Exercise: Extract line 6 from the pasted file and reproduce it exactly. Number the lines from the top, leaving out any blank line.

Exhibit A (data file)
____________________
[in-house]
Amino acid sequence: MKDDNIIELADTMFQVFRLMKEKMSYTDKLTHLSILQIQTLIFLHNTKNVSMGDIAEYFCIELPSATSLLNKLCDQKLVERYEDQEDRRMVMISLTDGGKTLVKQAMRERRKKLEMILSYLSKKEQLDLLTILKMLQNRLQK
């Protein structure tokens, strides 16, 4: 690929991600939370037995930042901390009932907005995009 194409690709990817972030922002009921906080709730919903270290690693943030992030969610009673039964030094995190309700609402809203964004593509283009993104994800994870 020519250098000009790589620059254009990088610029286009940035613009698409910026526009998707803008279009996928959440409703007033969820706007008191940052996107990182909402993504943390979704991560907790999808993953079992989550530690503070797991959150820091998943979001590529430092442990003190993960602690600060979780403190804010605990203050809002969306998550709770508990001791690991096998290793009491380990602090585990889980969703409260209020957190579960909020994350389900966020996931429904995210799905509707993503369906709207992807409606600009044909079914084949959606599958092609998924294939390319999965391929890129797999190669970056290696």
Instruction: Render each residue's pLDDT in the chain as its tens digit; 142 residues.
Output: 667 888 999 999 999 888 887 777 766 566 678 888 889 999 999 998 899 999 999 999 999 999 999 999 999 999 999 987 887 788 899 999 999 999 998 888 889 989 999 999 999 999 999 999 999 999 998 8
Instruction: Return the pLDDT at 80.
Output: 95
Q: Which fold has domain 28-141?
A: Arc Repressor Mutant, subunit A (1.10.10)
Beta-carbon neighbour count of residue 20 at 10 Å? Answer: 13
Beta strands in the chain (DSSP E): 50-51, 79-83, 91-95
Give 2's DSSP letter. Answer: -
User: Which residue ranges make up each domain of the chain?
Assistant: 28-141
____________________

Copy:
Instruction: Return the pLDDT at 80.